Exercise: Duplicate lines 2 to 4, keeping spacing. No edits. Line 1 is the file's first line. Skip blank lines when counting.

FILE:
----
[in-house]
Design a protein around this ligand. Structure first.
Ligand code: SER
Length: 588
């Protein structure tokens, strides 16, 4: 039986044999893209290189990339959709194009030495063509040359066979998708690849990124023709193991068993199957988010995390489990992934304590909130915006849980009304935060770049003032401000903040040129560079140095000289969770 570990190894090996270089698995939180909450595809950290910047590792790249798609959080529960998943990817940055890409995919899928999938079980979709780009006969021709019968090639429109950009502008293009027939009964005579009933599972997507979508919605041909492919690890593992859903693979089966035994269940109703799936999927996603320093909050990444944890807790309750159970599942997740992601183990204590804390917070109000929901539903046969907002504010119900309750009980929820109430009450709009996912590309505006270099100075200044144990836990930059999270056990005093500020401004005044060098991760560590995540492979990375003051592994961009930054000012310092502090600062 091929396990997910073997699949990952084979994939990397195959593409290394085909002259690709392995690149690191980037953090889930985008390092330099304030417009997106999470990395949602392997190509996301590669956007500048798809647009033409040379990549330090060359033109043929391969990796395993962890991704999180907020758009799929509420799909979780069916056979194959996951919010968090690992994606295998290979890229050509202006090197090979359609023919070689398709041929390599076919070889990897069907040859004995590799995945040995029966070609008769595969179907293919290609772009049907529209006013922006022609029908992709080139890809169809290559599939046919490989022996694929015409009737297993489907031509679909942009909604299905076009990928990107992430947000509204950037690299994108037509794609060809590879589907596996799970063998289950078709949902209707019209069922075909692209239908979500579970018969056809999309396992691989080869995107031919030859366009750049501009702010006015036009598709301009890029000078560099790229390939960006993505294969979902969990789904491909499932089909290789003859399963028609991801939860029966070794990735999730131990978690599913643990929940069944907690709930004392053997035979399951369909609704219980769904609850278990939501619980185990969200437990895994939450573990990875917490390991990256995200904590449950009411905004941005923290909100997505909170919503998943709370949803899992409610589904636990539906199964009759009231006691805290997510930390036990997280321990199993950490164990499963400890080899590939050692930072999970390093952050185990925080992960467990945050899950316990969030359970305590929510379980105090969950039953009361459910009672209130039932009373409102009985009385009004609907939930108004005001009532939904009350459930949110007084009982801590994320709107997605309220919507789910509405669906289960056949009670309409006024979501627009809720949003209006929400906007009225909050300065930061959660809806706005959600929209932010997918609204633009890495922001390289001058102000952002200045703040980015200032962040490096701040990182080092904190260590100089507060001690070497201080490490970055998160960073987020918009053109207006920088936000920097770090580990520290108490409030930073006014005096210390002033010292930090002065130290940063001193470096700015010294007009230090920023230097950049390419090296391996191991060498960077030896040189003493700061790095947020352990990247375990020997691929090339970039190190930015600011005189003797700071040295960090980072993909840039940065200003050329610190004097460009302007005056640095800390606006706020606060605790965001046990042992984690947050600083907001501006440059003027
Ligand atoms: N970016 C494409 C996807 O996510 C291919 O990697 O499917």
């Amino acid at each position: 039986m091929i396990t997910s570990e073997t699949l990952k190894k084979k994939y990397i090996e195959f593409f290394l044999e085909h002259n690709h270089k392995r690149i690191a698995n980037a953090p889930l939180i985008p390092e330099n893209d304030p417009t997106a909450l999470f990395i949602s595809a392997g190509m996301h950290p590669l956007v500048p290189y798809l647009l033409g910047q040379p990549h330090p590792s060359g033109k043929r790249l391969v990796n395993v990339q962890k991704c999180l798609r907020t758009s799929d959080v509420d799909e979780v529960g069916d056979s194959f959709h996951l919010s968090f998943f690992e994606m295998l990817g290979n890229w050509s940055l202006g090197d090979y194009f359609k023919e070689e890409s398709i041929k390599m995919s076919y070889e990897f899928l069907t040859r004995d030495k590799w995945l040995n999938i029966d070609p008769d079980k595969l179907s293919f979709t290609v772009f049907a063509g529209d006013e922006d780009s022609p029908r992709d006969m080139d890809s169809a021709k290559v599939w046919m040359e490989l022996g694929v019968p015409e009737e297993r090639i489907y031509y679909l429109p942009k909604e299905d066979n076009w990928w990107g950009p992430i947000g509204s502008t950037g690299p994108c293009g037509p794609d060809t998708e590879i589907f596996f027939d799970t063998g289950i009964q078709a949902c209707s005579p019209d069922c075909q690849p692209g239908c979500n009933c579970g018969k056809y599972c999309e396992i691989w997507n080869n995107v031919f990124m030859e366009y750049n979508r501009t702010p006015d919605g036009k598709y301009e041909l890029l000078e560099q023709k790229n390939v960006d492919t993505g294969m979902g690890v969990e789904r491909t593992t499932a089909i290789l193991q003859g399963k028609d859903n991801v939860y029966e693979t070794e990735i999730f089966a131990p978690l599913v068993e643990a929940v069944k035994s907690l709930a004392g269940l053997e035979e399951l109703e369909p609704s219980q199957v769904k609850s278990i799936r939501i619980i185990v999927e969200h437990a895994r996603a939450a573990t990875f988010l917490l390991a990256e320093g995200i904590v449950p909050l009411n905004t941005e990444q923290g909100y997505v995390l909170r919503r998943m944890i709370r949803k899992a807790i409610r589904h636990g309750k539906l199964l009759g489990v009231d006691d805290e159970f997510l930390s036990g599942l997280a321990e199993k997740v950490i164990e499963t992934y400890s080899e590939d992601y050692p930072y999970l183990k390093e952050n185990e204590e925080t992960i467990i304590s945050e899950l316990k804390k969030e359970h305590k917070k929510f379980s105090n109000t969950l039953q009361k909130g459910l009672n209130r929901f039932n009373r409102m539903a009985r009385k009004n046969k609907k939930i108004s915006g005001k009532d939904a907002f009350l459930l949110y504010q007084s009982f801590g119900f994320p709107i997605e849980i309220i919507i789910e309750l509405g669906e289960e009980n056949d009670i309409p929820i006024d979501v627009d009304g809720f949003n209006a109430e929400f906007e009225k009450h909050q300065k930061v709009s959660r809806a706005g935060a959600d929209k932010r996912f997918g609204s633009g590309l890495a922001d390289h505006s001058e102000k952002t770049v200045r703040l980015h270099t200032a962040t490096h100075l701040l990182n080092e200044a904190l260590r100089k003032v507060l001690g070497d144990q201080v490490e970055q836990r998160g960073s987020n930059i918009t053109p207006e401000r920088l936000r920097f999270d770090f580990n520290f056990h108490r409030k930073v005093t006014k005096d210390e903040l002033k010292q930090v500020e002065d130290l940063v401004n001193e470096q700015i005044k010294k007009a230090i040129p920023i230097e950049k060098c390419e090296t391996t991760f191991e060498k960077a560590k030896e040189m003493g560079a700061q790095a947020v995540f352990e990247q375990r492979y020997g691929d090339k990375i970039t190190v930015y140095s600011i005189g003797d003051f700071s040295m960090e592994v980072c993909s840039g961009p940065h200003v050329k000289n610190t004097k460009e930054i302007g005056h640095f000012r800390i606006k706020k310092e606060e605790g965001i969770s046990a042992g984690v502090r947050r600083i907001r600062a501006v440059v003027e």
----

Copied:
Design a protein around this ligand. Structure first.
Ligand code: SER
Length: 588